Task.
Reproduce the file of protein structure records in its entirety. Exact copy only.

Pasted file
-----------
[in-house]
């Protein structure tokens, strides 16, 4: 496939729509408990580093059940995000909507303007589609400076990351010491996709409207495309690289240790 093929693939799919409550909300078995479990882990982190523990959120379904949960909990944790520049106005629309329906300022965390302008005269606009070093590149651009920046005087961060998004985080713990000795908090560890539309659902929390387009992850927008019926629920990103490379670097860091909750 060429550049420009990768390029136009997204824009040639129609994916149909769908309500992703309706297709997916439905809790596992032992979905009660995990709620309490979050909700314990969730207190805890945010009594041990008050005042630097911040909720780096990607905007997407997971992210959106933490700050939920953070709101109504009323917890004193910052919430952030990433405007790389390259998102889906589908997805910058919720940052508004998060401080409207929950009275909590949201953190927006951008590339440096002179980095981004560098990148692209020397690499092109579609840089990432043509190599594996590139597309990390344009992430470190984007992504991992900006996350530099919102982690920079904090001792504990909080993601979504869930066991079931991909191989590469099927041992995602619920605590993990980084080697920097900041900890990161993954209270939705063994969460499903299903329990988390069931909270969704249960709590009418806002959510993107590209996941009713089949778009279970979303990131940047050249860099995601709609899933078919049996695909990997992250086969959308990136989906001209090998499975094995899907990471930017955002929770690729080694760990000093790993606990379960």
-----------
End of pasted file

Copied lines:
[in-house]
């Protein structure tokens, strides 16, 4: 496939729509408990580093059940995000909507303007589609400076990351010491996709409207495309690289240790 093929693939799919409550909300078995479990882990982190523990959120379904949960909990944790520049106005629309329906300022965390302008005269606009070093590149651009920046005087961060998004985080713990000795908090560890539309659902929390387009992850927008019926629920990103490379670097860091909750 060429550049420009990768390029136009997204824009040639129609994916149909769908309500992703309706297709997916439905809790596992032992979905009660995990709620309490979050909700314990969730207190805890945010009594041990008050005042630097911040909720780096990607905007997407997971992210959106933490700050939920953070709101109504009323917890004193910052919430952030990433405007790389390259998102889906589908997805910058919720940052508004998060401080409207929950009275909590949201953190927006951008590339440096002179980095981004560098990148692209020397690499092109579609840089990432043509190599594996590139597309990390344009992430470190984007992504991992900006996350530099919102982690920079904090001792504990909080993601979504869930066991079931991909191989590469099927041992995602619920605590993990980084080697920097900041900890990161993954209270939705063994969460499903299903329990988390069931909270969704249960709590009418806002959510993107590209996941009713089949778009279970979303990131940047050249860099995601709609899933078919049996695909990997992250086969959308990136989906001209090998499975094995899907990471930017955002929770690729080694760990000093790993606990379960």